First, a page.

According to a recent study by The American Lawyer Ballard Spahr has the fourth highest percentage of women equity partners of any U.S. law firm—nearly 10 percent higher than the national average.

While nationally 16.8 percent of attorneys at the top 200 firms that were part of the study are women, at Ballard Spahr, that number is 26 percent.

“It’s alarming that, at a time when more than 20 percent of Fortune 500 companies counted women as general counsel and more than half of all law school graduates are women, the number of female partners has remained so flat at major firms,” said Ballard Spahr Chair Mark Stewart. “And while we soar above the national average, we’re committed to increasing that number by creating a culture of inclusion that provides leadership roles for our outstanding women partners and creates a pathway to partnership for our women associates.”

Ballard Spahr also was named last year as one of the top 100 law firms in the nation for female attorneys by Law360. For the past four years, it has earned Gold Standard Certification from the Women in Law Empowerment Forum for its success in providing opportunities and leadership roles for women attorneys. And Ballard Spahr exceeds the National Association of Law Placement average for its percentage of women partners and associates and for minority partners.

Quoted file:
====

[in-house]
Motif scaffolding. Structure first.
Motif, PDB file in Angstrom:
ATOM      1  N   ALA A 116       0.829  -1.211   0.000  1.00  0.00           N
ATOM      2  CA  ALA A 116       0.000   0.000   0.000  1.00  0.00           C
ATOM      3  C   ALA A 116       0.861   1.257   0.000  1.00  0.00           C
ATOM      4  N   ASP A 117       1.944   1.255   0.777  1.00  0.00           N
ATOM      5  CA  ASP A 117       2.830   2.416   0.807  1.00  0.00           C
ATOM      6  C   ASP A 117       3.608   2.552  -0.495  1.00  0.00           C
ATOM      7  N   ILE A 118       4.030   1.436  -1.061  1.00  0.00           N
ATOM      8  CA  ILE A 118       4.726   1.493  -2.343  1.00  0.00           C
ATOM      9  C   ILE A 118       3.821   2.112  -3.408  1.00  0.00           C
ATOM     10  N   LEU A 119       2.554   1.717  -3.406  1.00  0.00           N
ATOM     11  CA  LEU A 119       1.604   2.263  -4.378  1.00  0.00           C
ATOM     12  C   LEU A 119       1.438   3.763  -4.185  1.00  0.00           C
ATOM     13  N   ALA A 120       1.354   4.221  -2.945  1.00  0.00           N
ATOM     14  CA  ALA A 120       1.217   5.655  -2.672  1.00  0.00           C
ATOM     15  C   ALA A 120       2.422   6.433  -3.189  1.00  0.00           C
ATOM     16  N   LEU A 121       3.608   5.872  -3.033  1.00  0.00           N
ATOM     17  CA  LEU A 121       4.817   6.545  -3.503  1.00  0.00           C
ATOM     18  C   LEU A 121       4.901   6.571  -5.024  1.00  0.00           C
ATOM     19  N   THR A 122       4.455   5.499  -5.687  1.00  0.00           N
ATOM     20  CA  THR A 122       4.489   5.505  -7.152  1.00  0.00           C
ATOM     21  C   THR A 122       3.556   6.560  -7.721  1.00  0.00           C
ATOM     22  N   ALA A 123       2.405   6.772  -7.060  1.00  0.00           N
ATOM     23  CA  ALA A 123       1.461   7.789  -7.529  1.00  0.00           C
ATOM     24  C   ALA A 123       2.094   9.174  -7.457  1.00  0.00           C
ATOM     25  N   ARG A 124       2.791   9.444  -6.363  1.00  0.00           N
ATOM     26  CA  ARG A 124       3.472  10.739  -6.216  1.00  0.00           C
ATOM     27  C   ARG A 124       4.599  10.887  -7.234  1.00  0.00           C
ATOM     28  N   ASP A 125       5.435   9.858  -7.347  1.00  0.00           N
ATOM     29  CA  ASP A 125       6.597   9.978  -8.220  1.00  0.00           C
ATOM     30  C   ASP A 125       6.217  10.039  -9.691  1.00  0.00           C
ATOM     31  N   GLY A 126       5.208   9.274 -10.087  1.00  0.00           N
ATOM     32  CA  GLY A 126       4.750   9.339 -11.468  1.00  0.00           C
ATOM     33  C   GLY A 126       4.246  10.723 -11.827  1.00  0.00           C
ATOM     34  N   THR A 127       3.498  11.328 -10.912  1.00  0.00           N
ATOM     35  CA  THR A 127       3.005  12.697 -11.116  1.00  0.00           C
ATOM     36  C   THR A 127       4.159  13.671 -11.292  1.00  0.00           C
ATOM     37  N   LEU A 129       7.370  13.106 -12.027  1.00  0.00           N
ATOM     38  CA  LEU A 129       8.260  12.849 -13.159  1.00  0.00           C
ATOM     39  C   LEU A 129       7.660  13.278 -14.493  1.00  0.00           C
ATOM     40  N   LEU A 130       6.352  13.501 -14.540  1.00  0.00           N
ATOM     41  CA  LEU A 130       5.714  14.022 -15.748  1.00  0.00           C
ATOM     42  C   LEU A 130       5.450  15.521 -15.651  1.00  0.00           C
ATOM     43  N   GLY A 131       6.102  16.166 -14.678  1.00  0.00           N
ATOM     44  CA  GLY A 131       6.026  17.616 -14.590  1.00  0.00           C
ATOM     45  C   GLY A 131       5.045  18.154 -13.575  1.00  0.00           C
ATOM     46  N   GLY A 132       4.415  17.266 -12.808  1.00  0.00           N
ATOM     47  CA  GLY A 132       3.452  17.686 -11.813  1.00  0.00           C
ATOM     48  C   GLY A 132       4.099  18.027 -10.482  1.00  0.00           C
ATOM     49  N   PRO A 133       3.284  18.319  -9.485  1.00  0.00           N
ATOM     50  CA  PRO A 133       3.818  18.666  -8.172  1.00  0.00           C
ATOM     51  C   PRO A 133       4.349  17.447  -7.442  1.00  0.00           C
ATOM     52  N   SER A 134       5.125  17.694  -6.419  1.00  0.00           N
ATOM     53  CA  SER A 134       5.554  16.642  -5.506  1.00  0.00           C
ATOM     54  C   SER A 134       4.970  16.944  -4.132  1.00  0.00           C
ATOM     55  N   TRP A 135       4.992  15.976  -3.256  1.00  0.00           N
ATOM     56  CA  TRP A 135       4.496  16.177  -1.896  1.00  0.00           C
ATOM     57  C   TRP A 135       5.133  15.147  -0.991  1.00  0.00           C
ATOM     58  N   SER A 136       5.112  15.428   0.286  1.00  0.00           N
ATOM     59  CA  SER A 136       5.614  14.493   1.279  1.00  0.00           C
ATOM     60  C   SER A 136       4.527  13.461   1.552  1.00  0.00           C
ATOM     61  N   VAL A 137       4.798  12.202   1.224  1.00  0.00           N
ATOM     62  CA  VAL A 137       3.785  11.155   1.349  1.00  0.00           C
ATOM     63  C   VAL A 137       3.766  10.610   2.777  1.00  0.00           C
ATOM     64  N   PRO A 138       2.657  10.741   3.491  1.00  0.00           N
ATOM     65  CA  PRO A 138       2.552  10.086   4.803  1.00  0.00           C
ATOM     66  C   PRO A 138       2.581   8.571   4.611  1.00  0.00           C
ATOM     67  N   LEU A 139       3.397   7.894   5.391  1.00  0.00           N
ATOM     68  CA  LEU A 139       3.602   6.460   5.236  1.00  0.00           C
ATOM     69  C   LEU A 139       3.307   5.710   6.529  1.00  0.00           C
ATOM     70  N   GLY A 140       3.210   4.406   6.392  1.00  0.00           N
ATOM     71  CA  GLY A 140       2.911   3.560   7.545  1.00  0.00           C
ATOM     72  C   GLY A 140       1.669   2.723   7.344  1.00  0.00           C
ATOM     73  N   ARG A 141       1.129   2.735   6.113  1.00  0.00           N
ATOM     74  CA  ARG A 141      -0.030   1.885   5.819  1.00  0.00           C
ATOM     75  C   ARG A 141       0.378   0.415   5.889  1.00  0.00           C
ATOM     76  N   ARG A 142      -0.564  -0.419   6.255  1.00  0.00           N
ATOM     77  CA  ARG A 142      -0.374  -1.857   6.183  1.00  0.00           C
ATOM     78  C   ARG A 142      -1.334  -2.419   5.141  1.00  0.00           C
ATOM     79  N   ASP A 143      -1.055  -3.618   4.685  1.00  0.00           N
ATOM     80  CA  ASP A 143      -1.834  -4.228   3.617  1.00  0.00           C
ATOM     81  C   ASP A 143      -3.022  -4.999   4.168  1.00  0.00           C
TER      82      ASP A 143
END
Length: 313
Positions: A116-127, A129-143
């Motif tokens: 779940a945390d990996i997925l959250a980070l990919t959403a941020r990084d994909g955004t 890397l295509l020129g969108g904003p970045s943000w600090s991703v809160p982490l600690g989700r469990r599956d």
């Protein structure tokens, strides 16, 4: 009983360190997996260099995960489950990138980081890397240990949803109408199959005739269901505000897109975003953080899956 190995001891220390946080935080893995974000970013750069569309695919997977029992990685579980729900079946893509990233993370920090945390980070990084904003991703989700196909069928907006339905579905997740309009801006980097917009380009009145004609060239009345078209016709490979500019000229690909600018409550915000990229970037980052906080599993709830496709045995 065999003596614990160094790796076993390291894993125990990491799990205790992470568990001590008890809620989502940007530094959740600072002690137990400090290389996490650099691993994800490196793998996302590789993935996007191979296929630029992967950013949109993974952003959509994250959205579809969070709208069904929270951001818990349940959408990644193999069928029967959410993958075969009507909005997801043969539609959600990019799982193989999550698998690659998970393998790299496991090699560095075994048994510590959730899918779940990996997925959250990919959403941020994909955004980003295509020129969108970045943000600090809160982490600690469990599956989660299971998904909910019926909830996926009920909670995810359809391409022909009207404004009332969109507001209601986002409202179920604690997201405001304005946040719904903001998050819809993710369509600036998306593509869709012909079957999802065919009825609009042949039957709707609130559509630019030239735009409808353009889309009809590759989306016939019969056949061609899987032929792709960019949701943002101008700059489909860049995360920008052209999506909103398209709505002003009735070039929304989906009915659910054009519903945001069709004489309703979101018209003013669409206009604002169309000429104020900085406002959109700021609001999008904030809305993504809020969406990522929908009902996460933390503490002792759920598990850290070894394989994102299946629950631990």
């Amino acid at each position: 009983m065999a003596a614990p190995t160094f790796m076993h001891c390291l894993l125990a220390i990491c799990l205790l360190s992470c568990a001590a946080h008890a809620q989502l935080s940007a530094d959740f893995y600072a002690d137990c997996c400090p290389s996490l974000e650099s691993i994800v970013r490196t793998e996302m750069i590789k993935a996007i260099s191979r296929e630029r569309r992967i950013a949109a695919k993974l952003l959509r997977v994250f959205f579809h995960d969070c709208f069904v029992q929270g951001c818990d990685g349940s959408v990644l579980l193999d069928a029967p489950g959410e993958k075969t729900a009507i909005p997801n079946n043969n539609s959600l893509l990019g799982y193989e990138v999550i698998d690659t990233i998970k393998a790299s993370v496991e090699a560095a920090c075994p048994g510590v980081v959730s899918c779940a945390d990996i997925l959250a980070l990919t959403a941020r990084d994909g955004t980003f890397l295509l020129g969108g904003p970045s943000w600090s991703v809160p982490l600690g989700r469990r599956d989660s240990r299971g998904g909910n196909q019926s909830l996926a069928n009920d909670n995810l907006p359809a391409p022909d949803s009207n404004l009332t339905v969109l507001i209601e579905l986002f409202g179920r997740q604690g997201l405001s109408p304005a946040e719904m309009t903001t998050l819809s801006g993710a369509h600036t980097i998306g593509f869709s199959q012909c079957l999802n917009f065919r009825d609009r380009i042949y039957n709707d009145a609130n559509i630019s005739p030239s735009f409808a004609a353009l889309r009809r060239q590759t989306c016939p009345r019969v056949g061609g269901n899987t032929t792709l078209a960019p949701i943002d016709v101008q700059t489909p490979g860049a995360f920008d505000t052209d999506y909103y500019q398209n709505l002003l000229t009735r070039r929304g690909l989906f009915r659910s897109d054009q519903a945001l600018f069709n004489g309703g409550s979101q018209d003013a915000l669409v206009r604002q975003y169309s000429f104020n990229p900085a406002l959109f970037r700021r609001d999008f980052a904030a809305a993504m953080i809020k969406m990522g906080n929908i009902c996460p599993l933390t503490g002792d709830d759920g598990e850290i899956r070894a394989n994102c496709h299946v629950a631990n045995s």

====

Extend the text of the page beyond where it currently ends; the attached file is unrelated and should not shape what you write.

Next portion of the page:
In Salt Lake City, the firm’s number of female equity partners also is above the national average, and across the firm nationwide, nearly twice the national average of women of color work with Ballard Spahr.

“Accolades are great, but inclusion is also good business,” said Lynn E. Rzonca, who leads the firm’s Ballard Women affinity group, which provides networking opportunities for women lawyers and clients, supports the mentoring of women associates, and presents programs on professional development. “Clients have told us they want varied perspectives on their legal teams. Getting there means being mindful in your recruiting efforts, creating an environment that encourages and supports women lawyers, and staffing matters with an eye toward inclusion.”

People

Lynn E. Rzonca
Mark S. Stewart